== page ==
By using the deviously-named CB_GETDROPPEDCONTROLRECT message, which the windowsx.h header file wraps inside the ComboBox_GetDroppedControlRect macro.

    Start with the scratch program and make these changes:

    OnCreate(HWND hwnd, LPCREATESTRUCT lpcs)
      g_hwndChild = CreateWindow(
          TEXT("combobox"), NULL, WS_CHILD | WS_VISIBLE |
          0, 0, 500, 500, hwnd, (HMENU)1, g_hinst, 0);
      ComboBox_AddString(g_hwndChild, TEXT("First"));
      ComboBox_AddString(g_hwndChild, TEXT("Second"));
      ComboBox_AddString(g_hwndChild, TEXT("Third"));
      ComboBox_AddString(g_hwndChild, TEXT("Fourth"));
      TCHAR szBuf[200];
      RECT rcWindow;
      GetWindowRect(g_hwndChild, &rcWindow);
      RECT rcDrop;
      ComboBox_GetDroppedControlRect(g_hwndChild, &rcDrop);
      wsprintf(szBuf, TEXT("window height %d, dropdown height %d"),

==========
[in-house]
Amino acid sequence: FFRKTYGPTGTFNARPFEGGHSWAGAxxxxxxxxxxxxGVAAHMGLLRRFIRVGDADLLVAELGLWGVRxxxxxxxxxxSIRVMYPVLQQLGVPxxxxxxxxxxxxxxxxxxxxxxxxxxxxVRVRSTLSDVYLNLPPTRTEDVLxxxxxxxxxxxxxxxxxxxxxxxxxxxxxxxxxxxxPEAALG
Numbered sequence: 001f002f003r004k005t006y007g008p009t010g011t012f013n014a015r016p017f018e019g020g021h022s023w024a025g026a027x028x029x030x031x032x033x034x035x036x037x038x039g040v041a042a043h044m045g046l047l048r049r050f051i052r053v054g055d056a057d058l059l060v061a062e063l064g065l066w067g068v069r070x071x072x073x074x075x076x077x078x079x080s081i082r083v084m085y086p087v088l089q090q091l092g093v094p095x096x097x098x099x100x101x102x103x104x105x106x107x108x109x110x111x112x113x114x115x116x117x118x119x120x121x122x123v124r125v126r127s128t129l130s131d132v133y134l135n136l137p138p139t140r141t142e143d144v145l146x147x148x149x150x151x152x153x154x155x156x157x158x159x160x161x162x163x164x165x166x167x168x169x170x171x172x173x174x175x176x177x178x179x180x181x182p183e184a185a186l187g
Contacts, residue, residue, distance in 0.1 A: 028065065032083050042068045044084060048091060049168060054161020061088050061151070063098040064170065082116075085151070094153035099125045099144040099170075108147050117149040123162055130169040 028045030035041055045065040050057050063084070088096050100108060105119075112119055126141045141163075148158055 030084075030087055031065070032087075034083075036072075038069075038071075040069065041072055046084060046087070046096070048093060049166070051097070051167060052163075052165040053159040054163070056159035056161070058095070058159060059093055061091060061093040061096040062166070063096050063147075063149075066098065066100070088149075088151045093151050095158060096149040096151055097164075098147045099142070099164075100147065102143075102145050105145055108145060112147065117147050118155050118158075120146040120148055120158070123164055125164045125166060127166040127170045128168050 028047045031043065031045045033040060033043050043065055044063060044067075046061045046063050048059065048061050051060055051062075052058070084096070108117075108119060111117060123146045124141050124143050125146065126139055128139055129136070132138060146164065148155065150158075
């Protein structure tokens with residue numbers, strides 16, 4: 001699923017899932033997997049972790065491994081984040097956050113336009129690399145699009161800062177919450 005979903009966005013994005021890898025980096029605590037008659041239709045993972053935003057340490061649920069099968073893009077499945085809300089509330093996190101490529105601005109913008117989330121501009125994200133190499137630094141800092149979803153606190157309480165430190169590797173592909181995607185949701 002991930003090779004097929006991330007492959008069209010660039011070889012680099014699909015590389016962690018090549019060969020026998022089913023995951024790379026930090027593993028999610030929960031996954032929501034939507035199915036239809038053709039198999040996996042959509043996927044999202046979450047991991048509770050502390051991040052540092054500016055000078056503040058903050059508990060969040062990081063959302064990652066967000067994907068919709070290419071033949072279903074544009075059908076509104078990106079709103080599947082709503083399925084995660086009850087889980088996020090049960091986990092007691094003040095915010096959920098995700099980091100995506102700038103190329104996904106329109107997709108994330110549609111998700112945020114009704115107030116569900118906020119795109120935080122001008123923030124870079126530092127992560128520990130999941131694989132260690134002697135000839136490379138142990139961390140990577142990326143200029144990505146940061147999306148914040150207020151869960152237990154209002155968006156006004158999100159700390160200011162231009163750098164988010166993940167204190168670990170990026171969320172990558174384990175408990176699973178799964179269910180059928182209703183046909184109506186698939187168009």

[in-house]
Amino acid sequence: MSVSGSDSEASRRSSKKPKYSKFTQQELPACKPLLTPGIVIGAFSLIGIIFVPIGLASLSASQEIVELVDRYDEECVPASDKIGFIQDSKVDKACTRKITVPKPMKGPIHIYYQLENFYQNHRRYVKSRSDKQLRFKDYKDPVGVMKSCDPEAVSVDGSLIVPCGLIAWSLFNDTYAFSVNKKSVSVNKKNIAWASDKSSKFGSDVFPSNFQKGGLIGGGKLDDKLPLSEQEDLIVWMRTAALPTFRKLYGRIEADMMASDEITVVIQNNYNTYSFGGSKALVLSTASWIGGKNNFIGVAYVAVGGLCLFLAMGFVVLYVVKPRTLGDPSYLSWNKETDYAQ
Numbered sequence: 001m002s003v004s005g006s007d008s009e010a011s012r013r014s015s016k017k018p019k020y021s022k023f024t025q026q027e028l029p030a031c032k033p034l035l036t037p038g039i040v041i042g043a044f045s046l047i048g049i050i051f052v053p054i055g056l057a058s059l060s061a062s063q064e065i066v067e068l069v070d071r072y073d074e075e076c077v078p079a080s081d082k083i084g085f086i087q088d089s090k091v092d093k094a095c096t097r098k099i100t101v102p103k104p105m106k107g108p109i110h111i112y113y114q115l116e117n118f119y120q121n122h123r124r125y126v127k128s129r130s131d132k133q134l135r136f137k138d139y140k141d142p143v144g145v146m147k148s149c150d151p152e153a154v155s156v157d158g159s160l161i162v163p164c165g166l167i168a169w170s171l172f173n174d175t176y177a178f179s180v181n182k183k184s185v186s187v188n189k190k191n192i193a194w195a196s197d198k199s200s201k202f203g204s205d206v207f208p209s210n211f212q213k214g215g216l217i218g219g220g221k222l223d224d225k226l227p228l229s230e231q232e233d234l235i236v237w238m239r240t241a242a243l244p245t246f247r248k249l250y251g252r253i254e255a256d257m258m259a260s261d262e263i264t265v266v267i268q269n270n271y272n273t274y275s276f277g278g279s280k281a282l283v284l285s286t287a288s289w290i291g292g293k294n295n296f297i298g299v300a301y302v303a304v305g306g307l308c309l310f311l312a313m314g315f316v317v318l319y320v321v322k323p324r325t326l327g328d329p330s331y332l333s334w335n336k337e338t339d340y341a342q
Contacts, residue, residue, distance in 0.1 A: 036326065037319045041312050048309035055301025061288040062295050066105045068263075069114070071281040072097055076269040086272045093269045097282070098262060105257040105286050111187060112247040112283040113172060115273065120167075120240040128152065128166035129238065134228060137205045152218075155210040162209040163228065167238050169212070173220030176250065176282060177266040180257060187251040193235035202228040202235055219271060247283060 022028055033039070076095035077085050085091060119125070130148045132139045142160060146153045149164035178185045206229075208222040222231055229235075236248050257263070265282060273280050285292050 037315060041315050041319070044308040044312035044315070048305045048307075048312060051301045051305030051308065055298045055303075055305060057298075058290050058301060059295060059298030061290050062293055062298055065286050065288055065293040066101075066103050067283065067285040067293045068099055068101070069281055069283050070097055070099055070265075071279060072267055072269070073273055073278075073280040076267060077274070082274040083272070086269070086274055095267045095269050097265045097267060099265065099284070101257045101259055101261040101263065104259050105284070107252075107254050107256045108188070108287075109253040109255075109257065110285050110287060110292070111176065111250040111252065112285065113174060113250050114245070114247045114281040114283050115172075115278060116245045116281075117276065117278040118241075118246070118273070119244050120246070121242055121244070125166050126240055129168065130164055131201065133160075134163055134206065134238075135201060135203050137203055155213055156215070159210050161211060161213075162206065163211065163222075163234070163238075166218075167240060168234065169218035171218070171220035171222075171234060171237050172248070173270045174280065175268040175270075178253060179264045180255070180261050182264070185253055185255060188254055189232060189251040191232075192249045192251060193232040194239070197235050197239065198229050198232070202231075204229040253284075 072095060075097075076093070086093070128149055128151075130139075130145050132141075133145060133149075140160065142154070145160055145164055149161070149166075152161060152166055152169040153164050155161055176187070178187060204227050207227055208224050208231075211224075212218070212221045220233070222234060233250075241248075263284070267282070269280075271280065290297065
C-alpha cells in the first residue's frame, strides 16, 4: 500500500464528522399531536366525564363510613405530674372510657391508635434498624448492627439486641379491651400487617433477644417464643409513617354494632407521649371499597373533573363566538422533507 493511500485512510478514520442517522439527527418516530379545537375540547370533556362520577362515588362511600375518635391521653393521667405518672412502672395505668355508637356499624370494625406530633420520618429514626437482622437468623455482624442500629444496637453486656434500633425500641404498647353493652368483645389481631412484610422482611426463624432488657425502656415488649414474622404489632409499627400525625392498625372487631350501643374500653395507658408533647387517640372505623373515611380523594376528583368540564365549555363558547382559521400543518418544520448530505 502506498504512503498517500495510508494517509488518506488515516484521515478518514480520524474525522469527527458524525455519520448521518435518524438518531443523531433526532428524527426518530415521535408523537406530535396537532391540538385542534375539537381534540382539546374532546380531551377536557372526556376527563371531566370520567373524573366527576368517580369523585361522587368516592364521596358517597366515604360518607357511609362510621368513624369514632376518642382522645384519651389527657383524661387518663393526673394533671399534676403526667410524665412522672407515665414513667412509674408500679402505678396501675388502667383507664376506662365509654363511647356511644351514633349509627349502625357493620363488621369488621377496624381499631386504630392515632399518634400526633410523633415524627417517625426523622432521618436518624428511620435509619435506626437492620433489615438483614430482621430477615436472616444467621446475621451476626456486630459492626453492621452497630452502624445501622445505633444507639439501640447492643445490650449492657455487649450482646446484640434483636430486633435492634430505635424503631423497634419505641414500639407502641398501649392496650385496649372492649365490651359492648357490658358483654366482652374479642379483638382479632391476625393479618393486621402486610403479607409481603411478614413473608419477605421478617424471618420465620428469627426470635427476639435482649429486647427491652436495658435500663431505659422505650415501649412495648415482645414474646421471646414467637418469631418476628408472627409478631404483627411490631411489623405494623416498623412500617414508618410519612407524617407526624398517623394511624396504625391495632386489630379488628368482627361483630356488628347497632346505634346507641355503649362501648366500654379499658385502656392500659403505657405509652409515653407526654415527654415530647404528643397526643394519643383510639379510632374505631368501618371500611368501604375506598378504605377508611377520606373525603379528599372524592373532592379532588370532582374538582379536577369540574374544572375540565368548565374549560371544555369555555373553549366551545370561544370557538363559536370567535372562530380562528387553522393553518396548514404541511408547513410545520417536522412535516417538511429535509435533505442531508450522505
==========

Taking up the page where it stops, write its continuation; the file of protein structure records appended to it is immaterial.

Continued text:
rcWindow.bottom -, rcDrop.bottom -;
      SetWindowText(hwnd, szBuf);
      return TRUE;

    The actual results will naturally vary depending on your system configuration, but when I ran this program, the window caption said "24 / 500".

  • The Old New Thing

    It's amazing how many business meetings there are in Munich in late September


    During my emergency vacation, we stopped at a German supermarket, and my friend loaded up on all sorts of odd and fascinating products. This is something he does every time he travels abroad. At the register, my friend did the work of unloading the cart onto the conveyor belt while I went ahead to bag and to deal with any questions from the cashier, since I was the only German-speaking person in our little group. The woman behind my friend looked at what he was buying and made some remark that implied that he did not make the most price-efficient choices.